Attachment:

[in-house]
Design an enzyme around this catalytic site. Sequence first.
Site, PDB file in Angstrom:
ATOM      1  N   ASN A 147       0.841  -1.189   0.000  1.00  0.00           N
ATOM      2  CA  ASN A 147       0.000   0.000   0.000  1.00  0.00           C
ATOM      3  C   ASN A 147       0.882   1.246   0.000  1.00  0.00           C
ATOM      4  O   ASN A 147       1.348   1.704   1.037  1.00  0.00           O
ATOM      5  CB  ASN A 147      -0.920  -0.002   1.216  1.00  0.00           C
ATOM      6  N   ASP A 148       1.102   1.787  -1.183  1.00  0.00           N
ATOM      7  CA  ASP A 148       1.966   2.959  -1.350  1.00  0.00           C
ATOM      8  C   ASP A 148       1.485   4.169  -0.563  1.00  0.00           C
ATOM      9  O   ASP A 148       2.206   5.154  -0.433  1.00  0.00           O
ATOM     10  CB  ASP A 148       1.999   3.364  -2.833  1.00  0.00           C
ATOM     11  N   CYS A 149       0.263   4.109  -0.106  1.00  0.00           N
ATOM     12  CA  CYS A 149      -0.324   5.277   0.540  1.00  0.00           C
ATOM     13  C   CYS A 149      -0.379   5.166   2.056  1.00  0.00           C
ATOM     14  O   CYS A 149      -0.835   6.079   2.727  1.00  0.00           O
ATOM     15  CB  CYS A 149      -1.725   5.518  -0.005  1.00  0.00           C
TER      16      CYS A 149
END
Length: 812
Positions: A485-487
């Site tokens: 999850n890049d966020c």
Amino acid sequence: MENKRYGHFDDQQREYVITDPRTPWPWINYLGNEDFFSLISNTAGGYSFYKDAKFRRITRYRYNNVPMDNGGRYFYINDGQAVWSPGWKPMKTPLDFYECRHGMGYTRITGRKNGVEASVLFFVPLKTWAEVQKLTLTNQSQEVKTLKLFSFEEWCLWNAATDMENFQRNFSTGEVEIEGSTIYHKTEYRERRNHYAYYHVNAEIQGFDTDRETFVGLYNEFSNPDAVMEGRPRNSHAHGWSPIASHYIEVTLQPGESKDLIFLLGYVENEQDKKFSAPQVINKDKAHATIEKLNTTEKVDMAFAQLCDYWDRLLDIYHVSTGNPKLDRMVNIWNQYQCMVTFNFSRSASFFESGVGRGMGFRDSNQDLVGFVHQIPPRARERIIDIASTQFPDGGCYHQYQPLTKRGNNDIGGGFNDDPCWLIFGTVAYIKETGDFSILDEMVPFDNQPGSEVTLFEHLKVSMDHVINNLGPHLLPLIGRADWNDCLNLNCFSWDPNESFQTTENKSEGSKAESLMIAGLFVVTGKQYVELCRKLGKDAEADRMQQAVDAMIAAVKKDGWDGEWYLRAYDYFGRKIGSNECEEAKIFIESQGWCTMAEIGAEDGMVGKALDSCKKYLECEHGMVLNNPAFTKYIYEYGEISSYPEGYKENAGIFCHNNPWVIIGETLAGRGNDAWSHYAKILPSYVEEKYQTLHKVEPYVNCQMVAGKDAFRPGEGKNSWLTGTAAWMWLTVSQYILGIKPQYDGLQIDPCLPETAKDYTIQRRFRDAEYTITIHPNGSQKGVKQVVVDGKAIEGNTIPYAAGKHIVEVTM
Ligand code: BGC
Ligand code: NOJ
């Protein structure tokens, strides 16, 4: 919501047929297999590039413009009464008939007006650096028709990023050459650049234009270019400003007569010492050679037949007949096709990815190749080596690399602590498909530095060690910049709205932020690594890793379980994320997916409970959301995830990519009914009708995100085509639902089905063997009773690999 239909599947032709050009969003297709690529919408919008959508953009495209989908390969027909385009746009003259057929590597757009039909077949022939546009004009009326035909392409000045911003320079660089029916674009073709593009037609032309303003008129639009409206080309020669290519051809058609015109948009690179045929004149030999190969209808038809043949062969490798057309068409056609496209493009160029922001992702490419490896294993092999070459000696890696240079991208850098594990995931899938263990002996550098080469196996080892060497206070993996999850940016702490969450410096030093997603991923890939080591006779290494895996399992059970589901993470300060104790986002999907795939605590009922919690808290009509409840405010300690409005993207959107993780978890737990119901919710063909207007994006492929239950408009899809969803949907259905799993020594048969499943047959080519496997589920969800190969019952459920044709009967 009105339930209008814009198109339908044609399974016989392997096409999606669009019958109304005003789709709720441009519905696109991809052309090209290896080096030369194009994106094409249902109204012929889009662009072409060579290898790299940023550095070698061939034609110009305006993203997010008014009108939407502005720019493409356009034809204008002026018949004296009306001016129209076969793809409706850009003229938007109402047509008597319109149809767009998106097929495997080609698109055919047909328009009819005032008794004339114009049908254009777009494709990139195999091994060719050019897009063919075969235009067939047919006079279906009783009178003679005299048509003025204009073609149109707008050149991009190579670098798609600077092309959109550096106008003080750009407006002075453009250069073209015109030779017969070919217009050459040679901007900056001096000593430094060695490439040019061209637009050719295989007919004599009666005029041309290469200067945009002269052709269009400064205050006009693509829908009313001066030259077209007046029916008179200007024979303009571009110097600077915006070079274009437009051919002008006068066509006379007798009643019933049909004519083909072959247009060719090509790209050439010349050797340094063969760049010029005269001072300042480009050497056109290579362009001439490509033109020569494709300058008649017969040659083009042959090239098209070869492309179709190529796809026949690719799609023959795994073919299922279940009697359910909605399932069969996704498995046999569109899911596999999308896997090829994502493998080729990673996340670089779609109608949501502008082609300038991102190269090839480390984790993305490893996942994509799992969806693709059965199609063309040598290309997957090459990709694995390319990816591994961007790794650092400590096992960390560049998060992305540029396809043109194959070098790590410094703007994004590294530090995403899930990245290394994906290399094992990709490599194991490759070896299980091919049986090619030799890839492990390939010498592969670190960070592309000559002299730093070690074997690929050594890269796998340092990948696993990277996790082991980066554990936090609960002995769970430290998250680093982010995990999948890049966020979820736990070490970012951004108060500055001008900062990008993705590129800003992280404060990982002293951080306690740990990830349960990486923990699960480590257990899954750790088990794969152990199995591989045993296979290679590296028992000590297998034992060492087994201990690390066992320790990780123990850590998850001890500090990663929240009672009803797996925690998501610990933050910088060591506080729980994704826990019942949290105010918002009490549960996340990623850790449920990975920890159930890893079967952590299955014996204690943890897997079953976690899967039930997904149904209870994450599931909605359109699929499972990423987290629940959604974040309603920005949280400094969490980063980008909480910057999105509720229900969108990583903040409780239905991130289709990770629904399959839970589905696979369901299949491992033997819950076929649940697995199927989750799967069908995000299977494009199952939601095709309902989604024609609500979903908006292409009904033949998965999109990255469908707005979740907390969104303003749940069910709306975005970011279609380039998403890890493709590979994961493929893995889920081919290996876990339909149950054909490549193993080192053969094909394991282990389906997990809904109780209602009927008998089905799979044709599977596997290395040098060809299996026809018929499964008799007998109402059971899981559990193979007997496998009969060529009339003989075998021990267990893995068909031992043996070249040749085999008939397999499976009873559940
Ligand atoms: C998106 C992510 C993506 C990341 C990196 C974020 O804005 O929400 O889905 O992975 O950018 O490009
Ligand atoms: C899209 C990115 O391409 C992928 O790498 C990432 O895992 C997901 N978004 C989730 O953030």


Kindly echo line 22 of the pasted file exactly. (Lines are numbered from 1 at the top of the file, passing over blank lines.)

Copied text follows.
Positions: A485-487